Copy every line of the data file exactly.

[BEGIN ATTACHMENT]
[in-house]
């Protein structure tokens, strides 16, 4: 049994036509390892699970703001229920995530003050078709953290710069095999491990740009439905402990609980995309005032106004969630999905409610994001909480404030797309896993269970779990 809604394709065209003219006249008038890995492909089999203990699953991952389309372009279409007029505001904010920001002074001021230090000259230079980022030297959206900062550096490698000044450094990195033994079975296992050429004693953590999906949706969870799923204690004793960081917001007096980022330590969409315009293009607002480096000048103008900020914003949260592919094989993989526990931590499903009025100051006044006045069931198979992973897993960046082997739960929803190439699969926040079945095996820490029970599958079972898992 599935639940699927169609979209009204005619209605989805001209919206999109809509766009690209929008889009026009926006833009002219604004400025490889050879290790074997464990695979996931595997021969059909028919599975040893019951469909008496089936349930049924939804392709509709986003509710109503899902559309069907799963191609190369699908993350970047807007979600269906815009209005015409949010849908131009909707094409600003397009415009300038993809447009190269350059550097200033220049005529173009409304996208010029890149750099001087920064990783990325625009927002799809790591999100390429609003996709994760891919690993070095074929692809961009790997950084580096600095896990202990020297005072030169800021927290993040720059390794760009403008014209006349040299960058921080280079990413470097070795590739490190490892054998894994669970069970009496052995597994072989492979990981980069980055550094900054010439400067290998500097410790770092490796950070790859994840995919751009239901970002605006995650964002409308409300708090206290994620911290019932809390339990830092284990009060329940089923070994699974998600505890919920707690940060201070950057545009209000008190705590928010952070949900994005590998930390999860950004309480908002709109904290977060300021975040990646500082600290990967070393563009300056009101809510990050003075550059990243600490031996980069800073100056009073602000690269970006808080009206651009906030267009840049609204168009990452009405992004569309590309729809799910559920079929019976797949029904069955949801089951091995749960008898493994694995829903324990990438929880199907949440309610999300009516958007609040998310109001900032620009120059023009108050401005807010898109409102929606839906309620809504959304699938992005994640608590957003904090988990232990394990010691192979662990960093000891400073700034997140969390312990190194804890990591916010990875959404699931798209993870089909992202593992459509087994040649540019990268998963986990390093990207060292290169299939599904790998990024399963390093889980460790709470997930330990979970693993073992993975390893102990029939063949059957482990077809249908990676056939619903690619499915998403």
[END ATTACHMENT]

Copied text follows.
[in-house]
């Protein structure tokens, strides 16, 4: 049994036509390892699970703001229920995530003050078709953290710069095999491990740009439905402990609980995309005032106004969630999905409610994001909480404030797309896993269970779990 809604394709065209003219006249008038890995492909089999203990699953991952389309372009279409007029505001904010920001002074001021230090000259230079980022030297959206900062550096490698000044450094990195033994079975296992050429004693953590999906949706969870799923204690004793960081917001007096980022330590969409315009293009607002480096000048103008900020914003949260592919094989993989526990931590499903009025100051006044006045069931198979992973897993960046082997739960929803190439699969926040079945095996820490029970599958079972898992 599935639940699927169609979209009204005619209605989805001209919206999109809509766009690209929008889009026009926006833009002219604004400025490889050879290790074997464990695979996931595997021969059909028919599975040893019951469909008496089936349930049924939804392709509709986003509710109503899902559309069907799963191609190369699908993350970047807007979600269906815009209005015409949010849908131009909707094409600003397009415009300038993809447009190269350059550097200033220049005529173009409304996208010029890149750099001087920064990783990325625009927002799809790591999100390429609003996709994760891919690993070095074929692809961009790997950084580096600095896990202990020297005072030169800021927290993040720059390794760009403008014209006349040299960058921080280079990413470097070795590739490190490892054998894994669970069970009496052995597994072989492979990981980069980055550094900054010439400067290998500097410790770092490796950070790859994840995919751009239901970002605006995650964002409308409300708090206290994620911290019932809390339990830092284990009060329940089923070994699974998600505890919920707690940060201070950057545009209000008190705590928010952070949900994005590998930390999860950004309480908002709109904290977060300021975040990646500082600290990967070393563009300056009101809510990050003075550059990243600490031996980069800073100056009073602000690269970006808080009206651009906030267009840049609204168009990452009405992004569309590309729809799910559920079929019976797949029904069955949801089951091995749960008898493994694995829903324990990438929880199907949440309610999300009516958007609040998310109001900032620009120059023009108050401005807010898109409102929606839906309620809504959304699938992005994640608590957003904090988990232990394990010691192979662990960093000891400073700034997140969390312990190194804890990591916010990875959404699931798209993870089909992202593992459509087994040649540019990268998963986990390093990207060292290169299939599904790998990024399963390093889980460790709470997930330990979970693993073992993975390893102990029939063949059957482990077809249908990676056939619903690619499915998403």